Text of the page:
Laparoscopic Removal of Inguinal Hernia Mesh Placed During a Robotic TAPP Hernia Repair in a Patient With Chronic Pain

Naif A Alenazi, MD, Jonathan B Yuval, MD, Alexandra Argiroff, MD, Brian P Jacob, MD, FACS. Mount Sinai Medical Center

An 18-year-old healthy male presented with acute-onset left lower quadrant pain. Extensive work up did not reveal source. He underwent a robotic TAPP inguinal hernia repair at another hospital assuming an incidentally discovered small left inguinal hernia may have been the culprit.

Post operatively, the pain continued to worsen. He developed systemic symptoms as well as psychological distress. Extensive workup failed to reveal the cause of these symptoms. The patient presented to our office requesting mesh removal after three months of worsening symptoms.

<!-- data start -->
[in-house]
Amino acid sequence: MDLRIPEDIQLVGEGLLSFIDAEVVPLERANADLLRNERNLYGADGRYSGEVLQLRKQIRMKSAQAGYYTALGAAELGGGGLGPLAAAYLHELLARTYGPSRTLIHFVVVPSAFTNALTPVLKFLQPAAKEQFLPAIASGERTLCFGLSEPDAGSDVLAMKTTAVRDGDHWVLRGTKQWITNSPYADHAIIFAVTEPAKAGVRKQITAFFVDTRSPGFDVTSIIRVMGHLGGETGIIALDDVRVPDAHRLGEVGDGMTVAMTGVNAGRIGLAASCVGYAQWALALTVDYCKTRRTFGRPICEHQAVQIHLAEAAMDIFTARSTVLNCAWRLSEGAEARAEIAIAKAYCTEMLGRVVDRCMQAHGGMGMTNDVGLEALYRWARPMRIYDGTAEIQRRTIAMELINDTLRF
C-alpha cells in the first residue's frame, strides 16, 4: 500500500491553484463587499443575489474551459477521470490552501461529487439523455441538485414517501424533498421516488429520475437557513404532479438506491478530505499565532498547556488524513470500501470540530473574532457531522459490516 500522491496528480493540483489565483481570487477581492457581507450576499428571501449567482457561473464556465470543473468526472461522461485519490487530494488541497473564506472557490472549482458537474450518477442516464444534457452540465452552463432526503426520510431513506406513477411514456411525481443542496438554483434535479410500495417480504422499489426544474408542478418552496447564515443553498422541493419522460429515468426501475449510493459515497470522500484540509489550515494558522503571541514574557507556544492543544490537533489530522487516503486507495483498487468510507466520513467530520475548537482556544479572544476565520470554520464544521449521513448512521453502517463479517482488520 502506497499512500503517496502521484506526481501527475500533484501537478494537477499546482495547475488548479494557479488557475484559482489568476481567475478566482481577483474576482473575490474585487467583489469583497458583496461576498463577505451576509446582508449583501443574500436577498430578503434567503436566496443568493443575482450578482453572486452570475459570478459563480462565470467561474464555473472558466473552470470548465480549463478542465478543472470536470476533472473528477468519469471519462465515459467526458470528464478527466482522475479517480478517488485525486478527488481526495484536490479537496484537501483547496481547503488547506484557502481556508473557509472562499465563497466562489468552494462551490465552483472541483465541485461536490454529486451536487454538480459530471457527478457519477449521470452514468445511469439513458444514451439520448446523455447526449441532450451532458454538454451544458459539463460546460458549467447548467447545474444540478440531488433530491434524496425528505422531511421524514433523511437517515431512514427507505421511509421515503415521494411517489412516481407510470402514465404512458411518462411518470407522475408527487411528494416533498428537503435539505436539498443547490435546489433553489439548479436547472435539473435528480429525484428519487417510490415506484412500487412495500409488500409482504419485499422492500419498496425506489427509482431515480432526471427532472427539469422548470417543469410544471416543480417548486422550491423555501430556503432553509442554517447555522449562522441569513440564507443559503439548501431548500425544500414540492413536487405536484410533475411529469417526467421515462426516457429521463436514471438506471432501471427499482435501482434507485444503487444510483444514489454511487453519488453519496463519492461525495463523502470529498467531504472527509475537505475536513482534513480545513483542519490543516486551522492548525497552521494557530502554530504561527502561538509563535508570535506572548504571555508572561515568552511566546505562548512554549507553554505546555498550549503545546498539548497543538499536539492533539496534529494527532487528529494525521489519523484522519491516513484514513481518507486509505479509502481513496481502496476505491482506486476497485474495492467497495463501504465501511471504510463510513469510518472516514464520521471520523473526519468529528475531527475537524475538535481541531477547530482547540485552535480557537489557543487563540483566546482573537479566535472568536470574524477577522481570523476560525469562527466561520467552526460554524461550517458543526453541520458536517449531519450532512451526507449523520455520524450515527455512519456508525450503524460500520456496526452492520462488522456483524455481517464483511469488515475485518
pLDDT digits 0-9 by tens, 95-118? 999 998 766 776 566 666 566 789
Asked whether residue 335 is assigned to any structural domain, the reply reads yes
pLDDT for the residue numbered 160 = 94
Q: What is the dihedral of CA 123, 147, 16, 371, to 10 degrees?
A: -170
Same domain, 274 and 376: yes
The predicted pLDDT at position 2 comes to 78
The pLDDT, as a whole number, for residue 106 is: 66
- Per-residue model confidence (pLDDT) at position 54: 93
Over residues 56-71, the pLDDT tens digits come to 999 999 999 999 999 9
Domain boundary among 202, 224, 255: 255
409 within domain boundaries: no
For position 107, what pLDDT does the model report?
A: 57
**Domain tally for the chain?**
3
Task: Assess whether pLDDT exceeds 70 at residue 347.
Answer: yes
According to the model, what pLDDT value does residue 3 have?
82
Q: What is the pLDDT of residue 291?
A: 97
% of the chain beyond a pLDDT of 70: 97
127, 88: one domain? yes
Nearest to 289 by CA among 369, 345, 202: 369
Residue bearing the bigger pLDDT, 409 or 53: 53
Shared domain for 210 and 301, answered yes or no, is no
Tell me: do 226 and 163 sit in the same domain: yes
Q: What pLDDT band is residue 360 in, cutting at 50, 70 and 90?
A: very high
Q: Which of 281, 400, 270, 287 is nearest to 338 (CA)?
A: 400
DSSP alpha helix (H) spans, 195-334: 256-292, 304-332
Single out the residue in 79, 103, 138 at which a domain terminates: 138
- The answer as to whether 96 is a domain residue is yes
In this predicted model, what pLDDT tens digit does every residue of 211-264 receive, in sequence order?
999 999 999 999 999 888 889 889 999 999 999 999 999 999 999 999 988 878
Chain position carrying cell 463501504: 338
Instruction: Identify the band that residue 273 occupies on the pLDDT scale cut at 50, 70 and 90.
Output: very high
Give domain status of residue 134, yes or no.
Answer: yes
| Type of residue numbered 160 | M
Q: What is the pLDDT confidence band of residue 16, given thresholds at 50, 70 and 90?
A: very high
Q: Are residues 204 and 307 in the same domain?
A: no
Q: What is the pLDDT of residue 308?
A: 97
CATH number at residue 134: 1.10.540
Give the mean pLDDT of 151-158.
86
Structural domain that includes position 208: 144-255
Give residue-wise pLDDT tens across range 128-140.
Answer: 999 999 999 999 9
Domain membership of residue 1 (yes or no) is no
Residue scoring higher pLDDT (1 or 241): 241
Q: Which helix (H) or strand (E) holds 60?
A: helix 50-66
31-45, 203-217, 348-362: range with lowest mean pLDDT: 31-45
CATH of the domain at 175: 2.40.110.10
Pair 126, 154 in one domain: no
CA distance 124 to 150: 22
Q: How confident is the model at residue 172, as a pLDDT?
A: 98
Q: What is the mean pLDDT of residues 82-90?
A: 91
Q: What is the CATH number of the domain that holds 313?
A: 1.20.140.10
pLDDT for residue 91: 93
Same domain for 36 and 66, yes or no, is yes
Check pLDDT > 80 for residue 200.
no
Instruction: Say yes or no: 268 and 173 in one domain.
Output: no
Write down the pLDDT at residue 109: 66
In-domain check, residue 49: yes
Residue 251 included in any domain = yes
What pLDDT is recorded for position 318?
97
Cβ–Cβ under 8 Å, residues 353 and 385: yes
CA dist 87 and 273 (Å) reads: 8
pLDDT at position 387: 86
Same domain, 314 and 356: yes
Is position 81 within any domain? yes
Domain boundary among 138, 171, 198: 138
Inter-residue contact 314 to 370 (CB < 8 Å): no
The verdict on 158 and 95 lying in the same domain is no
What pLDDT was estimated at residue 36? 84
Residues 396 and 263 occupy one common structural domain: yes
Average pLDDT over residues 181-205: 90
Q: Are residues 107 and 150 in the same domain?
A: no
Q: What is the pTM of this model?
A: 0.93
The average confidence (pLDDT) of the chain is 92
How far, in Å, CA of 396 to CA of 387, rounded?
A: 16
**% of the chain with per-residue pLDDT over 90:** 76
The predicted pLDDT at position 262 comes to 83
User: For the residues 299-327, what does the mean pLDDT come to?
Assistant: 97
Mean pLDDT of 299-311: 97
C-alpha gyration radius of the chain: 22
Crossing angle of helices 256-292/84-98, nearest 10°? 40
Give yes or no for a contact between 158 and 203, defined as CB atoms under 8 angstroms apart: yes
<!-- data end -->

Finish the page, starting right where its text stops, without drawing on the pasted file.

He was admitted for laparoscopic excision of mesh. Intraoperative findings included: old mesh partially clam-shelled and a left inguinal lipoma. There was no intra-abdominal pathology deep to the area of pain. No adhesions, spigelian hernias or right inguinal pathologies were found.

Rarely patients may develop psychological distress and systemic symptoms following surgical insertion of a foreign body. Laparoscopic removal of inguinal RTAPP inserted mesh is both feasible and safe, when attempted by an experienced surgeon. Although removal may not improve the underlying pain, it alleviates the patient’s distress and improves their well-being.

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